So, as you're talking about the partnerships, do you think that regional partnership boards have sufficient buy-in from all the key areas across Wales to make a success of service transformation? Is there sufficient buy-in?
The straight answer is 'yes', but the honest answer also is that each of the regional partnership boards are at different stages of maturity, and the level of the relationships and how intertwined they are. So, there's a different level of buy-in; we're expecting to see some different pace in what people are able to do. But what's been really positive, actually, is that, in the second round of meetings we're having, we think that those regional partners have moved on and are in a better place than they were before, again. And, not only that, there is—. Whilst we don't want competition between and within public services necessarily—although people in this room may disagree—there's some helpful and constructive competition between regions. No-one wants to get left behind, and people have a level of ambition and don't want to be seen as the part or the only parts of Wales that haven't been able to agree together on how to transform their services. So, that's been really positive for us, and it does give me real cause for optimism.
So, as there are—. As you've said, they're all at different levels, so how do you anticipate bringing them all to the same level to proceed?
Well, that's the challenge about the projects we have coming in for transformation. And we will have a board that will give advice on which projects to approve or not approve, or to go back and say, 'We need more work done in this particular area', but I am confident that each area of Wales will have an area that it wants to go at itself and have a bid into the transformation fund. But, more than that, they'll have areas they identify for themselves. And, crucially, we're not just thinking about primary adoption for transformative models, but we expect people to adopt models that other people are taking and running forward—if you like, that secondary adoption. So, we don't want anyone to be left behind with no transformative project running across their area.
Thank you, Chair. 'A Healthier Wales' states that:
'The national primary care contracts will be reformed to enable the delivery of seamless local care and support.'
What reforms do you think are likely to be necessary?
Well, we've got eight key areas for negotiation with the contracts. That's improving access, building on multi-agency cluster-led planning and delivery, looking at premises, professional indemnity, enhanced services, quality improvement, recruiting and retaining a diverse workforce, and access to data and improving our evidence base. And so, you'll see a range of areas there that are consistent with what we're trying to do within the plan. There is always what the contract allows you to do, and what the contract, sometimes, prevents you from doing. Actually, we do think there is genuine goodwill about wanting to see the contract fit for purpose for the future. And we haven't had any push-back from people in general practice about the direction of the plan, so we're negotiating with people who want the plan to work as well.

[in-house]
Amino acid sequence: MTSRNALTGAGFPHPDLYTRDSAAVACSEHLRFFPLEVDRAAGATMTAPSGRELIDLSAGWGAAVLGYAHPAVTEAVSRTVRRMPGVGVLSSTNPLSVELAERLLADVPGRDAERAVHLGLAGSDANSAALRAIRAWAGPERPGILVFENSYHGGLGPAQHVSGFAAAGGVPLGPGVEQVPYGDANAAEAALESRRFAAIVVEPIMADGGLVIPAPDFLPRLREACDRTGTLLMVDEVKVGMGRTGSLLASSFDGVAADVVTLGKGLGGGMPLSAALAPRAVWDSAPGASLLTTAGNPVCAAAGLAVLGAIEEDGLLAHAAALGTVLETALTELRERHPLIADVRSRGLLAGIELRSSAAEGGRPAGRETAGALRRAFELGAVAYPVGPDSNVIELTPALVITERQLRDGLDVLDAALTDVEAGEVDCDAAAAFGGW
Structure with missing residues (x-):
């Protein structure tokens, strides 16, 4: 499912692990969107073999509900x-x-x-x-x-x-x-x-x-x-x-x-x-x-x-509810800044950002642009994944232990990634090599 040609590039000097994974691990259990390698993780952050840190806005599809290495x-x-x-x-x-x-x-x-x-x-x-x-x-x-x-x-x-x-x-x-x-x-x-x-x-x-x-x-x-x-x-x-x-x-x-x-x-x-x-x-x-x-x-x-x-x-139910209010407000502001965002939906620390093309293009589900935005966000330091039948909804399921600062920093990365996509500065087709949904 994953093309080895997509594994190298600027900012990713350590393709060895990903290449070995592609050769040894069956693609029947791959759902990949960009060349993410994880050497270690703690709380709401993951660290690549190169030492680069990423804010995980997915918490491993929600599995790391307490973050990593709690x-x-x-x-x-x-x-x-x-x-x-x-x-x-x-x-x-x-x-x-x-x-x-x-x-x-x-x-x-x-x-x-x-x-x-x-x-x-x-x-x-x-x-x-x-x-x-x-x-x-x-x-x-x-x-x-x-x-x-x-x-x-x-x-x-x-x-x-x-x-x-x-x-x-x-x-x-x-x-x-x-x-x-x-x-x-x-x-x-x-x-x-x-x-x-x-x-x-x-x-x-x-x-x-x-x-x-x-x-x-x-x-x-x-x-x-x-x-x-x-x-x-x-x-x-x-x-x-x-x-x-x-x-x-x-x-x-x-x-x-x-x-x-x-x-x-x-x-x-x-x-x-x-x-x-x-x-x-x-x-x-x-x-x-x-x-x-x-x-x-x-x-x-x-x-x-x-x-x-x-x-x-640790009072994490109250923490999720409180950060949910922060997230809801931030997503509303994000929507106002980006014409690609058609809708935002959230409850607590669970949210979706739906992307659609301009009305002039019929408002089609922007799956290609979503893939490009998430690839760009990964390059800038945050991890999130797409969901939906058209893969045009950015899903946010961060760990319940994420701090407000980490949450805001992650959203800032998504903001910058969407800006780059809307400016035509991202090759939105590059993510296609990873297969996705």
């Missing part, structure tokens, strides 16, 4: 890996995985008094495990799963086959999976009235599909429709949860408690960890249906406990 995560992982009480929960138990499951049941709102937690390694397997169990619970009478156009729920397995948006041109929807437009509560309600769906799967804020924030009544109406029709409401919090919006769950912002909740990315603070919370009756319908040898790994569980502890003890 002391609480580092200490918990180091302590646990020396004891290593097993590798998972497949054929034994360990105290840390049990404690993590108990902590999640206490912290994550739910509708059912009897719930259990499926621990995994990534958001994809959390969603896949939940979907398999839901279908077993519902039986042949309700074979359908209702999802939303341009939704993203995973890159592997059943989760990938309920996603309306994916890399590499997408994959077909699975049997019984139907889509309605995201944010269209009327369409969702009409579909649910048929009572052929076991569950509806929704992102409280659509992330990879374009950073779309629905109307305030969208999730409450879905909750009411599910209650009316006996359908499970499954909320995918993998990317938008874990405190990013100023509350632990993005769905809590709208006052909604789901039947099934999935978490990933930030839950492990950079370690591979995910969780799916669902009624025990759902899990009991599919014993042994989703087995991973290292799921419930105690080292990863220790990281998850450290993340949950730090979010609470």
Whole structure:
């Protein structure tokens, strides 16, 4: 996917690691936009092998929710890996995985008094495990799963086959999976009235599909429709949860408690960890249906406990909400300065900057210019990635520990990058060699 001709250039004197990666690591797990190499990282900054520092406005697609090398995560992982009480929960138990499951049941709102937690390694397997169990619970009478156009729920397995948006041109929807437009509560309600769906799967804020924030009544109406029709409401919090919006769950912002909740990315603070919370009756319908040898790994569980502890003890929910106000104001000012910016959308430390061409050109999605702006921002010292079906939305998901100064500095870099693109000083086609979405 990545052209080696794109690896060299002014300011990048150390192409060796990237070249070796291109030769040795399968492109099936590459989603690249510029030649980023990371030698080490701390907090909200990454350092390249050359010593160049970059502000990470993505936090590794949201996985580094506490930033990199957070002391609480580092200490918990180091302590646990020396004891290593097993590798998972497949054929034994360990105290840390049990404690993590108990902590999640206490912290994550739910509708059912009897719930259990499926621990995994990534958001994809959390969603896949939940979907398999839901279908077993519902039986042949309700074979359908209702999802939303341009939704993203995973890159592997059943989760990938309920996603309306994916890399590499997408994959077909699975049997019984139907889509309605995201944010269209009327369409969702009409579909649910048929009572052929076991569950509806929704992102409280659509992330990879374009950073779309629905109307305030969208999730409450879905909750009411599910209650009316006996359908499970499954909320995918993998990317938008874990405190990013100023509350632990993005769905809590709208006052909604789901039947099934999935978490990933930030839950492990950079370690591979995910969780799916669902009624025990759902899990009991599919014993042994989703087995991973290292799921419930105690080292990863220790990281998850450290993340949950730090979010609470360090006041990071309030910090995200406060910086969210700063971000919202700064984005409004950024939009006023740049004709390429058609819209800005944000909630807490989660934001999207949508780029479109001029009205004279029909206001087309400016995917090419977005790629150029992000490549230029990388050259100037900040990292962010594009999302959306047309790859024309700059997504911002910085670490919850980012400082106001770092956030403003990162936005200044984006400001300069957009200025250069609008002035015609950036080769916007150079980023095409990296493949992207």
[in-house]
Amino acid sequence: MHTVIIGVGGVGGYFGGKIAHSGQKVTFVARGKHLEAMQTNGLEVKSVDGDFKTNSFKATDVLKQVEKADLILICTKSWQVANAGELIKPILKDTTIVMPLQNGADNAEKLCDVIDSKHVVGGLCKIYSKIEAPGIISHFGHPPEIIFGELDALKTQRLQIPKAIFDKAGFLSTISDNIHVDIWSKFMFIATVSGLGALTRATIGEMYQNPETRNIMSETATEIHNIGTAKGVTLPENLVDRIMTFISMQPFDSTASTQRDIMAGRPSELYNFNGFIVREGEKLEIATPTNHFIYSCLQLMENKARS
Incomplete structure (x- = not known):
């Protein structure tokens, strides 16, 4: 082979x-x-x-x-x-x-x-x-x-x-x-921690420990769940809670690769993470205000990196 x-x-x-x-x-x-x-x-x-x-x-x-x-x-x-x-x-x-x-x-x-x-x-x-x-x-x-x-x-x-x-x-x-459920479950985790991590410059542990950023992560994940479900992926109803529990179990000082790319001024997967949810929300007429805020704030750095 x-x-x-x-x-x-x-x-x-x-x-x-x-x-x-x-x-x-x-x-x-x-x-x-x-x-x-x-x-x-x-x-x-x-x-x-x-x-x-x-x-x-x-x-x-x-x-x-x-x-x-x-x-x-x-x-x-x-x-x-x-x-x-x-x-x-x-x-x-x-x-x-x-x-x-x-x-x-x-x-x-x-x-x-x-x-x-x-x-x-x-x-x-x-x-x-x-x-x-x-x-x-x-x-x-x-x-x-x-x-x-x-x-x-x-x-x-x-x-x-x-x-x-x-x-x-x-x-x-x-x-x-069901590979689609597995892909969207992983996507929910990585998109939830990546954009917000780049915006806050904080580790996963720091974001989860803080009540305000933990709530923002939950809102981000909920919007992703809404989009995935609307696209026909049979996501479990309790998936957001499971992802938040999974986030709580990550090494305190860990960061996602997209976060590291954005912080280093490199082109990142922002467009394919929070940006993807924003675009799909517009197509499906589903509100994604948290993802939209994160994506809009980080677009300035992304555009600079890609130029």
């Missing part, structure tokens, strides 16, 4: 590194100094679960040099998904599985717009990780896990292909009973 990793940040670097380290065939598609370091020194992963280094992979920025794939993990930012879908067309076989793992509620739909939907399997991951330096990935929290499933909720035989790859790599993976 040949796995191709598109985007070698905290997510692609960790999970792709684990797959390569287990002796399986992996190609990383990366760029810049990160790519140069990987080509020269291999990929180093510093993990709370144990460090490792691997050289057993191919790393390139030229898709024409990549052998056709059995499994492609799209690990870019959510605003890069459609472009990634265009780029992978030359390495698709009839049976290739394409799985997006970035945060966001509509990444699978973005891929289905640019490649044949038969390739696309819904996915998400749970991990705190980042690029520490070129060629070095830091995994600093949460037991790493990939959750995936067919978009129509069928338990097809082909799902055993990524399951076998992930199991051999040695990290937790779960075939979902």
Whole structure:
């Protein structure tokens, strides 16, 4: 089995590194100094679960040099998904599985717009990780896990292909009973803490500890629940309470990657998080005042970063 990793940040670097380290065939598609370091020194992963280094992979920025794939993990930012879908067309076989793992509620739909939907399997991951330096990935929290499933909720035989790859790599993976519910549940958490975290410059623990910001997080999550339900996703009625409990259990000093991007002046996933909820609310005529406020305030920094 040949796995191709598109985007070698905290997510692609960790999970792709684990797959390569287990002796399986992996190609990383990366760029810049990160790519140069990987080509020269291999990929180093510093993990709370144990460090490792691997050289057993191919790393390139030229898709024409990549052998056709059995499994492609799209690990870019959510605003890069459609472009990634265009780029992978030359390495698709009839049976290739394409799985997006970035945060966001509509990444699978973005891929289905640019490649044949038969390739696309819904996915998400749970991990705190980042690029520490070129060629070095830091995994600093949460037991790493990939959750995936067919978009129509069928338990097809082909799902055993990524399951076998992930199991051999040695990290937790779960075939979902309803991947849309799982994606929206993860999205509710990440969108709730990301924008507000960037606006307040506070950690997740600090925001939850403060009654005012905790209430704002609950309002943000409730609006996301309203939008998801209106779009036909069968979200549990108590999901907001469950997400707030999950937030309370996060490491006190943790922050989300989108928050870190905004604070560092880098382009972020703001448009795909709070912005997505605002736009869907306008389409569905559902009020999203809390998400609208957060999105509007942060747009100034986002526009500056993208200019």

Our challenge is always going to be what we get to practically achieve in having a contract that's pointing in the right direction. That also goes alongside the contract reform in dental services and, indeed, in community pharmacy as well. Because, of course, they have key roles to play in delivering primary care more broadly and our ability to diversify the way in which services are run. So, I'm optimistic about the direction of travel, but it will also, obviously, come down to what do we actually get to agree, and what difference do you and your constituents get to see.
Thank you. Do you think there's sufficient capacity to develop the preventative approaches, in addition to maintaining current service and responding to, obviously, the increase in demands?
Well, there will have to be, because we don't have an option that says that we will just not develop preventative services. Because the very clear message we have is that if we stay as we are then we'll find a system that is over-topped at various points across health and social care. Part of what we're doing with our transformation fund is looking at the largest areas of potential transformation and the ability to double-run some services as well. So, we're looking to help transform the way our services work with the use of money, but actually a lot of this is the way that partners actually get to work with each other. Because in those areas of Wales where we think relationships are more mature, we think things will happen that aren't reliant upon a fund, but are actually reliant upon the nature of the relationships that exist, and that's a much greater area of gain to be made.